The Effect of Arbitration Agreements on the America Invents Act's Inter Partes Review Procedure
118 Colum. L. Rev. 83 (2018)
44 Pages Posted: 15 Feb 2018
Date Written: January 19, 2017
In 2011, Congress created a new administrative pathway through which a party can challenge the validity of a granted patent: inter partes review (IPR). Like preexisting reexamination procedures, IPR is a mechanism through which a private party may ask the U.S. Patent and Trademark Office (PTO) to invalidate or narrow patents that fail to meet the standards of patent eligibility, thus returning subject matter to the public domain and protecting would-be patent infringers from the threat of costly infringement litigation. However, unlike the preexisting procedures, which were essentially extensions of the patent review process involving a back-and-forth between the PTO and patent holder, IPR is adversarial in nature---an IPR is essentially a "mini-trial" between a challenger and a patentee.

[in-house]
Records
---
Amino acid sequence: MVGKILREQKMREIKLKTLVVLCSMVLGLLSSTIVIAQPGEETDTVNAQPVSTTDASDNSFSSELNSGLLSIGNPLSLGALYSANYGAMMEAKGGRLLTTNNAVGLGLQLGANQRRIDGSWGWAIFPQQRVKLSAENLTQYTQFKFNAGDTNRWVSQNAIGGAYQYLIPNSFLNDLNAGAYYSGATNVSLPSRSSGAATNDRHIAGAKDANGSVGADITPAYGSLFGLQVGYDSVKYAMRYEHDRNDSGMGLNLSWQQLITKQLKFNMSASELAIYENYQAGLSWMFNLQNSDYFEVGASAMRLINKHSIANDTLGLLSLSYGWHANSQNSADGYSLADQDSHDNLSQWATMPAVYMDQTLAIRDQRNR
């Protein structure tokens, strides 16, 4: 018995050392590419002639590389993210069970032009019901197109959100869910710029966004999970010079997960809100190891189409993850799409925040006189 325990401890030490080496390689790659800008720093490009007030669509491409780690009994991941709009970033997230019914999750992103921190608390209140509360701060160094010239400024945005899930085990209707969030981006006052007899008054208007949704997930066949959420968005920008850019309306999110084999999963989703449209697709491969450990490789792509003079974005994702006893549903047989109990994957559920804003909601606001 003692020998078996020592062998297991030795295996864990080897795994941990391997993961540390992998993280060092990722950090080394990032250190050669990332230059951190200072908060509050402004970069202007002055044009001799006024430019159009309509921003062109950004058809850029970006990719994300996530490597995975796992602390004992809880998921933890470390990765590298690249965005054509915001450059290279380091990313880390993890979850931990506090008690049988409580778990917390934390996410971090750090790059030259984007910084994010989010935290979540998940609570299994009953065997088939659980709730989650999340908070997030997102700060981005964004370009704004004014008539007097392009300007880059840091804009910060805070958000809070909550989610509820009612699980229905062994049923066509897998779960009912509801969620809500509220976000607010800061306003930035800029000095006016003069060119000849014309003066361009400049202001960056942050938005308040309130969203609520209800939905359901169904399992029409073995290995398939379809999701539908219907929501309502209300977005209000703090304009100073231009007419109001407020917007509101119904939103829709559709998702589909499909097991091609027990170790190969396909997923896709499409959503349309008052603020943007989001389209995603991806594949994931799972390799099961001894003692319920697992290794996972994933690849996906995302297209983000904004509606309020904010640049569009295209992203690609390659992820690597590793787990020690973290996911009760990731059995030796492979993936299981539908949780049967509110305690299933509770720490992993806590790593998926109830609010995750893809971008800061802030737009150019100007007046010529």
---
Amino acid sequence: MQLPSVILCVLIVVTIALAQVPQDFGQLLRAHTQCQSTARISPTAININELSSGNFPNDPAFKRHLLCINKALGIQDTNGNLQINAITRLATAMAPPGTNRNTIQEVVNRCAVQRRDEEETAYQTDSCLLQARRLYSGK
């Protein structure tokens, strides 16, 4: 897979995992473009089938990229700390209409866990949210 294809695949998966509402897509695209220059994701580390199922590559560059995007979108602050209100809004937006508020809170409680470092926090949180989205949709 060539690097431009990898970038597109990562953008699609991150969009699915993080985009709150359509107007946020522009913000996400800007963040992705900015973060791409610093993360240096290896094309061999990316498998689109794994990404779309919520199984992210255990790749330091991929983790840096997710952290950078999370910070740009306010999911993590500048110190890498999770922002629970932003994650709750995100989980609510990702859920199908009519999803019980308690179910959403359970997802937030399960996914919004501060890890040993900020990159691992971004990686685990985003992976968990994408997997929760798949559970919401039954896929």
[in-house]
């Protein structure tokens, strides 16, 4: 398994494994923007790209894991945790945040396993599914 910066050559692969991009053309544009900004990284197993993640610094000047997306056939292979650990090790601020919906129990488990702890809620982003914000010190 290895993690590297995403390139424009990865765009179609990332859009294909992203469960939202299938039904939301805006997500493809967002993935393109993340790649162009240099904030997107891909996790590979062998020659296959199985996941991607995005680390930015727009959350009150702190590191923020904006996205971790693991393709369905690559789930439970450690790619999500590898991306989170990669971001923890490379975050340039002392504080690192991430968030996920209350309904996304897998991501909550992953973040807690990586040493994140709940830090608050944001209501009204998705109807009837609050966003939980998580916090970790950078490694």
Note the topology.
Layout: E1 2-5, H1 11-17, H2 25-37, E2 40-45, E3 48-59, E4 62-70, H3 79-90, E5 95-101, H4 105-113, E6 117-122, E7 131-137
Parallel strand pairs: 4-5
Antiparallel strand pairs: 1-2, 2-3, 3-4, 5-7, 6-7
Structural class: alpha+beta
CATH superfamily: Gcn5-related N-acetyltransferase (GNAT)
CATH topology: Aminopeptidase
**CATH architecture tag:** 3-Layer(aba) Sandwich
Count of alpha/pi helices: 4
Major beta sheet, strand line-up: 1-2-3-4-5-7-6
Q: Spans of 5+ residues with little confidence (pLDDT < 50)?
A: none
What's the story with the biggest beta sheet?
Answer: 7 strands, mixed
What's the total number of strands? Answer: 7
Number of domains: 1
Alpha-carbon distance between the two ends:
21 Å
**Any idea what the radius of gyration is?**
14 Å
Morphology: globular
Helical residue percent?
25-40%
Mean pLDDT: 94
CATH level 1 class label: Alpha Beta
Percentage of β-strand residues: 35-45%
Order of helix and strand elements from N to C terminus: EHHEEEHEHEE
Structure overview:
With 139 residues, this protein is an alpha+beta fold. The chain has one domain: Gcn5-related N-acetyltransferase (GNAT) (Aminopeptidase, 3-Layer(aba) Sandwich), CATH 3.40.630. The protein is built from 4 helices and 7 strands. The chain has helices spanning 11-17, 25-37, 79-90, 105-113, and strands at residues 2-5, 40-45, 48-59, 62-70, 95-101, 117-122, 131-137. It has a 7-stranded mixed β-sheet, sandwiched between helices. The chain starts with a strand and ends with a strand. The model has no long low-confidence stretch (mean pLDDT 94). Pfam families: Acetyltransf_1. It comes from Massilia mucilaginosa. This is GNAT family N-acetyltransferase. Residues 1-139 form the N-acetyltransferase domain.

Because the new IPR procedure closely resembles litigation between private parties, it may be possible for patent licensees to contract away their right to petition for IPR through arbitration agreements. And because patent licensees may often be the parties most incentivized and prepared to challenge bad patents through IPR, patent owners who can contractually prevent these licensees from using IPR will be able to minimize or even entirely avoid exposure to the risky and challenger-friendly new IPR procedure.
The enforceability of an arbitration agreement purporting to prevent a licensee from petitioning for IPR is unclear. This Note explores this doctrinal ambiguity and questions whether applying the strong federal policy in favor of arbitral dispute resolution to this issue would undermine the congressional intent behind Congress' new IPR procedure.
Keywords: inter partes review, arbitration, america invents act
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